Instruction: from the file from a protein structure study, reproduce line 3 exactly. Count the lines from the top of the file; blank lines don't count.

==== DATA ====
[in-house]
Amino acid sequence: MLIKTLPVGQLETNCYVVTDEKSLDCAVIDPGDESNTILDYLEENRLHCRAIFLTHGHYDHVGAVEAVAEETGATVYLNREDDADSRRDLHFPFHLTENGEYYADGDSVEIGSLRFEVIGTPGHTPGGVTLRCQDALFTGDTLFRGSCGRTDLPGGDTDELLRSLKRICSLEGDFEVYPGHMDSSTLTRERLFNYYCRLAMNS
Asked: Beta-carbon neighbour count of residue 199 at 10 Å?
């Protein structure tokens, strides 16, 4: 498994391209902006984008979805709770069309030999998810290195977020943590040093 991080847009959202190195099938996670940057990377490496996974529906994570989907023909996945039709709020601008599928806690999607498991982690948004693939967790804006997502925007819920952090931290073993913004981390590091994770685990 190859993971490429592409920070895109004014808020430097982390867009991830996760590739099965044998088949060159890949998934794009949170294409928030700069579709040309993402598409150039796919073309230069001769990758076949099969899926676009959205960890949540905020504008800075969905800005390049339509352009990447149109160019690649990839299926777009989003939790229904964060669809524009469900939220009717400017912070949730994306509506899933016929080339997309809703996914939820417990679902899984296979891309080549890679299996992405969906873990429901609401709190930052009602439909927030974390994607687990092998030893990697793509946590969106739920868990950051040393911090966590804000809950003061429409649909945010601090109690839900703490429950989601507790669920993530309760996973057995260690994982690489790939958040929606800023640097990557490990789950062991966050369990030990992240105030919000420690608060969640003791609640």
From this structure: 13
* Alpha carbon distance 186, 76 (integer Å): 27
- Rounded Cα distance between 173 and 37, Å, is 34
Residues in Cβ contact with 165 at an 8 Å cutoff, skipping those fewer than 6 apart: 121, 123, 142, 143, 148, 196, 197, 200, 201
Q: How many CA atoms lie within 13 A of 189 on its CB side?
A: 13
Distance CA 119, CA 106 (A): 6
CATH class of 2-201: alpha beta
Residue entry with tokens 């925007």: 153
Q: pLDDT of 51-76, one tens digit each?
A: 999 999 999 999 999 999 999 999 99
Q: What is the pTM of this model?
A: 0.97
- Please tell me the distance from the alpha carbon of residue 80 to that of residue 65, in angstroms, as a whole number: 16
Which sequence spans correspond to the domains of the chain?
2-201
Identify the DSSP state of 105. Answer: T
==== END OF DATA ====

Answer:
Asked: Beta-carbon neighbour count of residue 199 at 10 Å?